Monday, January 14, 2019

Bringing Up the Backlist: Five Books I'd Like to Get to in 2019

There are enough books stacked around my room to build a fallout shelter.  Try as I might, I am never able to get through all of the books I add to my personal library every year: blame my sluggish reading pace, the pressures of work and LIFE, or my compulsive Amazon purchases (don't judge--respect my journey!).  Though I am spoiled for choice, there are five books that I definitely want to get to sooner, rather than later,  in 2019.

McGlue by Ottessa Moshfegh| Last week, Penguin Books reissued Ottessa Moshfegh's 2014 Believer Book Award-winning novella McGlue in a striking paperback edition.  Set in 1851, the work follows the titular character as he sobers-up to some disturbing memories of his drunken antics.  The book sounds (and looks, tbh) sinister as fuhhhhk and I can't wait to tuck into it.

Mirror, Shoulder, Signal by Dorthe Nors (Translated by Misha Hoekstra) | In 2019 I want to make a concerted effort to read more work in translation and this work in translation about a translator just seemed too meta to not dig into.  The novel was a 2017 finalist for the Man Booker International Prize and is published by one of my favorite independent publishers, Graywolf Press.  Mirror, Shoulder, Signal is about Sonja, a Danish woman who translates Swedish crime novels and is dissatisfied with her lonely life in Copenhagen.  In an effort to make changes in her life, Sonja reconnects with family and begins to learn how to drive, the latter of which is made more complicated by Sonja's vertigo. Moody, broody, and Scandi this one has my name on it.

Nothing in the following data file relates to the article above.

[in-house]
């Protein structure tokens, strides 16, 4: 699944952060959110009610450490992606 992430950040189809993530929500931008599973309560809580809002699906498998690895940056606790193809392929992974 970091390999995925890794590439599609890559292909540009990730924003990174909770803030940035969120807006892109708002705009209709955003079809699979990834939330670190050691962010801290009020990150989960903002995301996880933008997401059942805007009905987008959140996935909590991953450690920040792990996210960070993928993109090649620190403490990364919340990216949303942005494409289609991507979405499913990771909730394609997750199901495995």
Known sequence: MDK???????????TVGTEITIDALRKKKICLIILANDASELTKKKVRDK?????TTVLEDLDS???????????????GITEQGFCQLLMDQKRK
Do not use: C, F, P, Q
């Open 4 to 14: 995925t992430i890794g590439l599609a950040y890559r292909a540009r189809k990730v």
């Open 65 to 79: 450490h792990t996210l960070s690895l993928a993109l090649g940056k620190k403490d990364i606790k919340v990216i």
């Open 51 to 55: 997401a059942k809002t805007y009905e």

The Story of a New Name by Elena Ferrante (Translated by Ann Goldstein) | I have been meaning to come back to the Neapolitan Novels since I read and loved My Brilliant Friend a few years ago.  2019 is the year I want to continue and maybe even complete the series . . . even if the covers are a bit cringe.

The Trauma Cleaner: One Woman's Extraordinary Life in the Business of Death, Decay, and Disaster by Sarah Kranostein | The Trauma Cleaner is a biography of Sandra Pankhurst, a trans-woman who lived an eclectic life before finding her calling as the titular trauma cleaner.  Despite its grim title, the book is meant to be a life-affirming look at our shared humanity.  I actually owned a copy of the book before it was available in the states, but the heaviness of the title and the general heaviness of 2018 made me reticent to pick it up until recently.

The Golden State by Lydia Kiesling | The Golden State was a novel I first learned about on several "Best of 2018" lists and is meant to be about a young single mother who leaves in Bay Area to live in the high desert.  Perhaps because of the geographic similarities, the book reminded me of Rachel Kushner's The Mars Room, one of my favorite reads of 2018, and I instinctively (read: impulsively) bought it.

What books are on your reading shortlist?  Let me know on Instagram @thelexicondevil.

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